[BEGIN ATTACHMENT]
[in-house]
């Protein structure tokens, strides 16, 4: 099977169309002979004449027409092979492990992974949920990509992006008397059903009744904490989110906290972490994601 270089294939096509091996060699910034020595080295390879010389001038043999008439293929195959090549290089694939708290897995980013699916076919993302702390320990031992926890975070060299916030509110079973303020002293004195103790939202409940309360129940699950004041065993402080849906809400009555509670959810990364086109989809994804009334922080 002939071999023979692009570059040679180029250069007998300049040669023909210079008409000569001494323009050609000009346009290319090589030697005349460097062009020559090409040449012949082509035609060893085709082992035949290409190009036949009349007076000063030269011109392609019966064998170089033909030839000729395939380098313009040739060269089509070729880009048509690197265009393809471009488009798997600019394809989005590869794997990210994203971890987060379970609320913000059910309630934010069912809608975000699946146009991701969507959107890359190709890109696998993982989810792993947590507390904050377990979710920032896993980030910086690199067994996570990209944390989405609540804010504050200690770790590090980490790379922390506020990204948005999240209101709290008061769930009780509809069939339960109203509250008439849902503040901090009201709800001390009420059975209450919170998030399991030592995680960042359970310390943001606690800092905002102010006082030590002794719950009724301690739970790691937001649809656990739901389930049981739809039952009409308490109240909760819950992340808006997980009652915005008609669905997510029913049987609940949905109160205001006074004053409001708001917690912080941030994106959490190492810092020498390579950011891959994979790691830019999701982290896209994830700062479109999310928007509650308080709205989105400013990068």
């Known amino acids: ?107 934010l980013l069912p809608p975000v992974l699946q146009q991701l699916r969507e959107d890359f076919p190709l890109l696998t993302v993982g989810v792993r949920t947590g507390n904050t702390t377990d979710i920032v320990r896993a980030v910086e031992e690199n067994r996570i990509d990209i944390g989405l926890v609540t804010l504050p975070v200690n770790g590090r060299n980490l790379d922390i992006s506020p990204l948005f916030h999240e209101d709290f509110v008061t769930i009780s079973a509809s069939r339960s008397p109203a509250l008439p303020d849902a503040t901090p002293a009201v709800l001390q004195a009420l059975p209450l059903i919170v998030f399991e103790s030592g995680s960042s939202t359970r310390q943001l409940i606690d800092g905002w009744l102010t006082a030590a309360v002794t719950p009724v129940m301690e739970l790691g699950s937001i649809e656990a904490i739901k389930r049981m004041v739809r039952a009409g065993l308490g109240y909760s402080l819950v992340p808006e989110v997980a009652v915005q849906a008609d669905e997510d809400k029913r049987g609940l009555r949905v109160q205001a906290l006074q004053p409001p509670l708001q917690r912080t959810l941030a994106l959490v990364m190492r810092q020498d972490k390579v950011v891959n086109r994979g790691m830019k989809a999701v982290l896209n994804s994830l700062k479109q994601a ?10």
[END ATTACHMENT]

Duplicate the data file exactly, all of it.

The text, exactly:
[in-house]
């Protein structure tokens, strides 16, 4: 099977169309002979004449027409092979492990992974949920990509992006008397059903009744904490989110906290972490994601 270089294939096509091996060699910034020595080295390879010389001038043999008439293929195959090549290089694939708290897995980013699916076919993302702390320990031992926890975070060299916030509110079973303020002293004195103790939202409940309360129940699950004041065993402080849906809400009555509670959810990364086109989809994804009334922080 002939071999023979692009570059040679180029250069007998300049040669023909210079008409000569001494323009050609000009346009290319090589030697005349460097062009020559090409040449012949082509035609060893085709082992035949290409190009036949009349007076000063030269011109392609019966064998170089033909030839000729395939380098313009040739060269089509070729880009048509690197265009393809471009488009798997600019394809989005590869794997990210994203971890987060379970609320913000059910309630934010069912809608975000699946146009991701969507959107890359190709890109696998993982989810792993947590507390904050377990979710920032896993980030910086690199067994996570990209944390989405609540804010504050200690770790590090980490790379922390506020990204948005999240209101709290008061769930009780509809069939339960109203509250008439849902503040901090009201709800001390009420059975209450919170998030399991030592995680960042359970310390943001606690800092905002102010006082030590002794719950009724301690739970790691937001649809656990739901389930049981739809039952009409308490109240909760819950992340808006997980009652915005008609669905997510029913049987609940949905109160205001006074004053409001708001917690912080941030994106959490190492810092020498390579950011891959994979790691830019999701982290896209994830700062479109999310928007509650308080709205989105400013990068």
């Known amino acids: ?107 934010l980013l069912p809608p975000v992974l699946q146009q991701l699916r969507e959107d890359f076919p190709l890109l696998t993302v993982g989810v792993r949920t947590g507390n904050t702390t377990d979710i920032v320990r896993a980030v910086e031992e690199n067994r996570i990509d990209i944390g989405l926890v609540t804010l504050p975070v200690n770790g590090r060299n980490l790379d922390i992006s506020p990204l948005f916030h999240e209101d709290f509110v008061t769930i009780s079973a509809s069939r339960s008397p109203a509250l008439p303020d849902a503040t901090p002293a009201v709800l001390q004195a009420l059975p209450l059903i919170v998030f399991e103790s030592g995680s960042s939202t359970r310390q943001l409940i606690d800092g905002w009744l102010t006082a030590a309360v002794t719950p009724v129940m301690e739970l790691g699950s937001i649809e656990a904490i739901k389930r049981m004041v739809r039952a009409g065993l308490g109240y909760s402080l819950v992340p808006e989110v997980a009652v915005q849906a008609d669905e997510d809400k029913r049987g609940l009555r949905v109160q205001a906290l006074q004053p409001p509670l708001q917690r912080t959810l941030a994106l959490v990364m190492r810092q020498d972490k390579v950011v891959n086109r994979g790691m830019k989809a999701v982290l896209n994804s994830l700062k479109q994601a ?10």